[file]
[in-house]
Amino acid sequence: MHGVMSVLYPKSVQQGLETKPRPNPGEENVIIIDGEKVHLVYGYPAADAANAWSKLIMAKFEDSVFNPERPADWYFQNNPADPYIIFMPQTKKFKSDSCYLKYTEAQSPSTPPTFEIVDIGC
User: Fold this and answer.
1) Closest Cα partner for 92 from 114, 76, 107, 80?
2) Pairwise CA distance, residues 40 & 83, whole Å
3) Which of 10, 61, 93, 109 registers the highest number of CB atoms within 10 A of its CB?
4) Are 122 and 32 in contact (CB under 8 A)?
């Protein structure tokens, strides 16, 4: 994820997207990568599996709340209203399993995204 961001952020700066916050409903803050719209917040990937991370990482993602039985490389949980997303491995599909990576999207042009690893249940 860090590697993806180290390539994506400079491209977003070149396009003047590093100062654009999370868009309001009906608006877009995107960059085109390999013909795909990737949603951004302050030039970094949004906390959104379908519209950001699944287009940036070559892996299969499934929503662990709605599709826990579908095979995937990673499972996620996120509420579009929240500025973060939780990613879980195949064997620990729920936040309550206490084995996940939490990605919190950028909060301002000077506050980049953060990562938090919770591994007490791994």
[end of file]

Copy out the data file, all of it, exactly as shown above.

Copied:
[in-house]
Amino acid sequence: MHGVMSVLYPKSVQQGLETKPRPNPGEENVIIIDGEKVHLVYGYPAADAANAWSKLIMAKFEDSVFNPERPADWYFQNNPADPYIIFMPQTKKFKSDSCYLKYTEAQSPSTPPTFEIVDIGC
User: Fold this and answer.
1) Closest Cα partner for 92 from 114, 76, 107, 80?
2) Pairwise CA distance, residues 40 & 83, whole Å
3) Which of 10, 61, 93, 109 registers the highest number of CB atoms within 10 A of its CB?
4) Are 122 and 32 in contact (CB under 8 A)?
């Protein structure tokens, strides 16, 4: 994820997207990568599996709340209203399993995204 961001952020700066916050409903803050719209917040990937991370990482993602039985490389949980997303491995599909990576999207042009690893249940 860090590697993806180290390539994506400079491209977003070149396009003047590093100062654009999370868009309001009906608006877009995107960059085109390999013909795909990737949603951004302050030039970094949004906390959104379908519209950001699944287009940036070559892996299969499934929503662990709605599709826990579908095979995937990673499972996620996120509420579009929240500025973060939780990613879980195949064997620990729920936040309550206490084995996940939490990605919190950028909060301002000077506050980049953060990562938090919770591994007490791994």